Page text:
As many of you are aware, each Saturday the women and men of Montgomery County Fire and Rescue go door to door in their various communities handing out fire safety tips as well as offering to check smoke alarms to ensure they are working. Having working smoke alarms in your home/apartment can help you and your loved ones escape a deadly home fire by providing a vital early warning.

If during the check we find a smoke alarm is not functioning, we take immediate steps to correct this life safety issue by installing a new battery and/or smoke alarm.
The door to door program was initiated by Fire Chief Richard Bowers two years ago after a tragic year in which we lost 13 of our fellow residents in home/apartment fires. That, sadly, was our largest one year loss of life in over 30 years! In many instances there were no working smoke alarms in the home/apartment.

Below, you will find the number of homes we visited during September and October as well as the totals for the last two years. Pretty impressive!

Homes Visited: 492
Smoke Alarms Installed: 18
Batteries Installed: 11

Homes Visited: 734
Smoke Alarms Installed: 34
Batteries Installed: 40

Grand Totals since program implementation:

Homes Visited: 37,653
Smoke Alarms Installed: 1,158
Batteries Installed: 1,307

Monday, November 8, 2010

And the Survey Says?!

As I am positive all of you are aware, this past weekend we not only moved our clocks back one hour but ALL of us also checked to make sure our smoke alarms were working!

Hopefully you, your family and friends took a few minutes at some point over the weekend to perform this vital life safety check. This led me to wonder: how many of you out there did take the opportunity to check your alarms? In addition, how many of you discovered that one or more alarms were not working and took steps to correct that?

Toward that end, I have placed a very quick survey on the right side bar of the blog to perhaps answer my questions above. Please take a moment to click the answer that relates to your experience.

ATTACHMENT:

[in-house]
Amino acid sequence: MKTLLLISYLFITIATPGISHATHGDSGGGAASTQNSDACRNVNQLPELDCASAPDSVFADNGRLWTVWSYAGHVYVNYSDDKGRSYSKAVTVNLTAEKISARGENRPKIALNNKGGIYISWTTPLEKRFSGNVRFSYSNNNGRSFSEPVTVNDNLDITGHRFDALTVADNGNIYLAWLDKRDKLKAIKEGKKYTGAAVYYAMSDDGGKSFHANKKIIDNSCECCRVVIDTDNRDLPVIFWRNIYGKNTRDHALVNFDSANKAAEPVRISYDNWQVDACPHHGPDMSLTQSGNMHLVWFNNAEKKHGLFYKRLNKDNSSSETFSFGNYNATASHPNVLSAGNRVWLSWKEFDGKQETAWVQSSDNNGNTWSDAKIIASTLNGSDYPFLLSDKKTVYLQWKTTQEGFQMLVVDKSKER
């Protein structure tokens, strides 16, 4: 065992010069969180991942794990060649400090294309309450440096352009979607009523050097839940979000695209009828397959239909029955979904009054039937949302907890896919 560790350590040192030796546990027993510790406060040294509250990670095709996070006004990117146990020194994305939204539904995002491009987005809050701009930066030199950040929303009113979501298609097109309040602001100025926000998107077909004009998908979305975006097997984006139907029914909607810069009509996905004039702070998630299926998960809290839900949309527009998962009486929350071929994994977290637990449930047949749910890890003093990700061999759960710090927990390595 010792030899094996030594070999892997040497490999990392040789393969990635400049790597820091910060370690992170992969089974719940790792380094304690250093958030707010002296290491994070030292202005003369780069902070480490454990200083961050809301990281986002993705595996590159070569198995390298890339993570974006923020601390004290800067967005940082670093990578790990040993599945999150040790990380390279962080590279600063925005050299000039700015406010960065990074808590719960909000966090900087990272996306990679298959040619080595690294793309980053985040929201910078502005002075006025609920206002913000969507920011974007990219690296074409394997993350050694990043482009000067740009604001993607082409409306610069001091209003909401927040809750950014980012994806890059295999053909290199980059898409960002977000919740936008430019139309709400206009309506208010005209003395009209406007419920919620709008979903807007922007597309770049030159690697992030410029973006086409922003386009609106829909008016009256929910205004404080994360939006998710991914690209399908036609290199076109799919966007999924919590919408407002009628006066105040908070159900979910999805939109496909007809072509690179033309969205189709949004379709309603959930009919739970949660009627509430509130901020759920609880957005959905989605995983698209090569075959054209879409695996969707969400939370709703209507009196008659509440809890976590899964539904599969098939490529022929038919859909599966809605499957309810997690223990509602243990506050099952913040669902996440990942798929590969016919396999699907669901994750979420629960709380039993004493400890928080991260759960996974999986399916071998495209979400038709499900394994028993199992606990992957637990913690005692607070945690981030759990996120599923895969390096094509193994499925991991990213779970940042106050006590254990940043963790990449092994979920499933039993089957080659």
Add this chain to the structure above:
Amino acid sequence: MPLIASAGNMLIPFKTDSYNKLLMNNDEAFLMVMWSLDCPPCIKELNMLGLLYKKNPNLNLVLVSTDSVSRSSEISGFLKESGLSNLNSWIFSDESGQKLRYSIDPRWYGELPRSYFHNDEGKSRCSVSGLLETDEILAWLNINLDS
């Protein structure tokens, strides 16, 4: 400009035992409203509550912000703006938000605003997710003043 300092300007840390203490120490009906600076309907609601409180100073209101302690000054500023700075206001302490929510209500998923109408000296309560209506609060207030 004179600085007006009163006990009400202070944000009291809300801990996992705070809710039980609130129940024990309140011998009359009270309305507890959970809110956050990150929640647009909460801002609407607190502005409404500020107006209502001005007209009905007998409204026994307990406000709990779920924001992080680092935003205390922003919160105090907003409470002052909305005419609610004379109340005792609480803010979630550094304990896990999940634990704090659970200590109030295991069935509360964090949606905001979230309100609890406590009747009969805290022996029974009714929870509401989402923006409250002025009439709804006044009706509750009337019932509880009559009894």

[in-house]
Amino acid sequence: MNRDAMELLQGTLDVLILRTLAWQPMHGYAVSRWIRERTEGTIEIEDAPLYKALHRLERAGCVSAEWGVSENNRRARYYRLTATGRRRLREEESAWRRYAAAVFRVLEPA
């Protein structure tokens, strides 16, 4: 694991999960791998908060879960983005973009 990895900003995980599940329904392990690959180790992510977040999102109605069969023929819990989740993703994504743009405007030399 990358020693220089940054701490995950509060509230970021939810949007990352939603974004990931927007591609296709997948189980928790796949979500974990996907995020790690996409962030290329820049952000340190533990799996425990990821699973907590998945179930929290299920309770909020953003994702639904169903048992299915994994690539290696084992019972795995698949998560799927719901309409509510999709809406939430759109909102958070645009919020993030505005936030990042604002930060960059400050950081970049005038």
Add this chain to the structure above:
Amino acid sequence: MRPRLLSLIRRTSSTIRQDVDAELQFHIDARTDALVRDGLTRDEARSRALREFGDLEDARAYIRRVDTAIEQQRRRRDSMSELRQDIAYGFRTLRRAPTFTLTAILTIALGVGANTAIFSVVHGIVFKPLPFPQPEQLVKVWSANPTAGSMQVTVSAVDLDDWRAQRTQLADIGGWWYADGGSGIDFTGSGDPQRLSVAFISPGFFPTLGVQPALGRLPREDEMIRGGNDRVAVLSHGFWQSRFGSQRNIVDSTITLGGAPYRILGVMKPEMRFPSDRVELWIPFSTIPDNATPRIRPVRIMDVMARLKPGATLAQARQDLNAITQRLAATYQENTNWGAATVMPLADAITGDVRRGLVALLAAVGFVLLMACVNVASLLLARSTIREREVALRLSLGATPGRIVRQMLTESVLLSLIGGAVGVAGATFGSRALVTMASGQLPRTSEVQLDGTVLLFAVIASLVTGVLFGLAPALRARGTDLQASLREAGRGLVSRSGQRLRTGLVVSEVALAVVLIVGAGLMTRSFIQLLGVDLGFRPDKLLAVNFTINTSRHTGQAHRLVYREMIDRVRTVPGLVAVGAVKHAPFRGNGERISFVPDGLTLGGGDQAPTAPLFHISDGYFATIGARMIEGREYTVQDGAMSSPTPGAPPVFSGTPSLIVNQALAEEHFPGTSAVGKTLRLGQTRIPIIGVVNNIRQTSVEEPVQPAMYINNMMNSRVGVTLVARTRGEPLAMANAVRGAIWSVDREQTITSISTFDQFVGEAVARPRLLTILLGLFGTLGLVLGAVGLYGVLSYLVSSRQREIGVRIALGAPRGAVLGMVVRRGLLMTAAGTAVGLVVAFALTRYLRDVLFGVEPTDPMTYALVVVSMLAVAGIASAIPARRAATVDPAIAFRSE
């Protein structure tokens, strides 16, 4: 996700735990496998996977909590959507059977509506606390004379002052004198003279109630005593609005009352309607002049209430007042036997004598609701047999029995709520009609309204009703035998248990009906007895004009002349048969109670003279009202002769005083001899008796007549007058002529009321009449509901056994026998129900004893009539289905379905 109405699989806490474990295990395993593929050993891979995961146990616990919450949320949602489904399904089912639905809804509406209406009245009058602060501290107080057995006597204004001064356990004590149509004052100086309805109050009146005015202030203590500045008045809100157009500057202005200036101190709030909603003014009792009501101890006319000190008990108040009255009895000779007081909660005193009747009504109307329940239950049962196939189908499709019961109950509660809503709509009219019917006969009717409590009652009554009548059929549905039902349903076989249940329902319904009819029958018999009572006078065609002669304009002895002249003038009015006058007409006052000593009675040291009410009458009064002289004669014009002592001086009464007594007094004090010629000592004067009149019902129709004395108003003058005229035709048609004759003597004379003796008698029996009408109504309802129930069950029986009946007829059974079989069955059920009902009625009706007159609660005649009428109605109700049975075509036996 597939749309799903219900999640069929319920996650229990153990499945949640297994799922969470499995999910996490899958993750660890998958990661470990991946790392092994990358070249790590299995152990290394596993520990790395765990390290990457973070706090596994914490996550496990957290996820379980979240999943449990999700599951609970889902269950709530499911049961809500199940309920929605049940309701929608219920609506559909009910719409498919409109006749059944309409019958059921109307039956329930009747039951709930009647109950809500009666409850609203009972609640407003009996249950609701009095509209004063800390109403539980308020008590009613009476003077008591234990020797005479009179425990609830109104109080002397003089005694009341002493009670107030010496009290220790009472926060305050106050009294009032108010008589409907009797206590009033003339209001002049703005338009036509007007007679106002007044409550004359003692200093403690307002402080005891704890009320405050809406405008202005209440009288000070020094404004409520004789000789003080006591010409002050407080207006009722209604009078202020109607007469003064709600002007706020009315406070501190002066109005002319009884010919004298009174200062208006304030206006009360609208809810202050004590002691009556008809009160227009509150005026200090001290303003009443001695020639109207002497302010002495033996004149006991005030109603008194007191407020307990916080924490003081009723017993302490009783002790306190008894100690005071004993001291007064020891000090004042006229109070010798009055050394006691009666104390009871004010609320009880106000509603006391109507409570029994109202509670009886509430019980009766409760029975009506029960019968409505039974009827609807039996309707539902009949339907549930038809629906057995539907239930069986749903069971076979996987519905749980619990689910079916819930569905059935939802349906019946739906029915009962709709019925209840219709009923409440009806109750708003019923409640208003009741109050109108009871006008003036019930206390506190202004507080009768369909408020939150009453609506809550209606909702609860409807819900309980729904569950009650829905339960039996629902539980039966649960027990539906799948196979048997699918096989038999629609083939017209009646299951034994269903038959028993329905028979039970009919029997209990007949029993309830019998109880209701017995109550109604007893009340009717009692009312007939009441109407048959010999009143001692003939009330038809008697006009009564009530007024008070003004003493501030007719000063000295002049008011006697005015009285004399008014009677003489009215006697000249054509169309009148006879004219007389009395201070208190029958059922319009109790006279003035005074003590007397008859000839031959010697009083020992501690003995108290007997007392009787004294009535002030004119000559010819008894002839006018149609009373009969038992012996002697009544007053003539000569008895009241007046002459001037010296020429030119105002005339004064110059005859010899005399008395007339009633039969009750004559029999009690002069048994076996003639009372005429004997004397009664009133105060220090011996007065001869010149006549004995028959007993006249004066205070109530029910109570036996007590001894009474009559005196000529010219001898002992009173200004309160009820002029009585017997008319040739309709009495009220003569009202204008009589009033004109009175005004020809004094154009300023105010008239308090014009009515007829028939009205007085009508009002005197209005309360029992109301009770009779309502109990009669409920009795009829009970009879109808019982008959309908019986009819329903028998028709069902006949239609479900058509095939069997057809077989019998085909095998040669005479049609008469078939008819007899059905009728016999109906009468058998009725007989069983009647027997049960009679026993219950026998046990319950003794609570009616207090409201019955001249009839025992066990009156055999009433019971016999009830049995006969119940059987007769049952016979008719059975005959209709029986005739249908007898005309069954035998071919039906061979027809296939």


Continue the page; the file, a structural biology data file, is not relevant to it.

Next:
Also, if you found your alarms were not working and you were unable to fix the issue, please contact MC311 and request help. Our fire and rescue personnel will be more than happy to drop by and help you out. In addition, we provide free batteries and alarms to those who need them but can not afford them.

Friday, November 5, 2010

Smoke Alarm Donation: Story, Video, Photos, and Quotes From Today’s Press Conference

Today I had the distinct pleasure of attending a Press Conference, at our brand new Fire Station #34, at which Fire Chief Richard Bowers accepted a donation of two-thousand  smoke alarms from one of our partners in safety – PEPCOAlso donated were special needs smoke alarms for those residents who are deaf or hard of hearing.  

I have posted a video below of the Chief and the Fire Fighters of Fire Station #34 accepting this generous donation from PEPCO representatives Ms. Kim Watson and Mr. Pete Pedersen.  Below the video you will also find quotes.

These alarms will be critical in our on going “Safety in Our Neighborhood” door-to-door safety and injury prevention campaign. Every Saturday MCFRS Fire Fighters canvas neighborhoods handing out safety information as well as offering to check smoke alarms to ensure they are working. If we find the alarms are not working, we will then install a fresh battery or new alarm before leaving as working smoke alarms nearly cut in half the risk of dying in a home fire.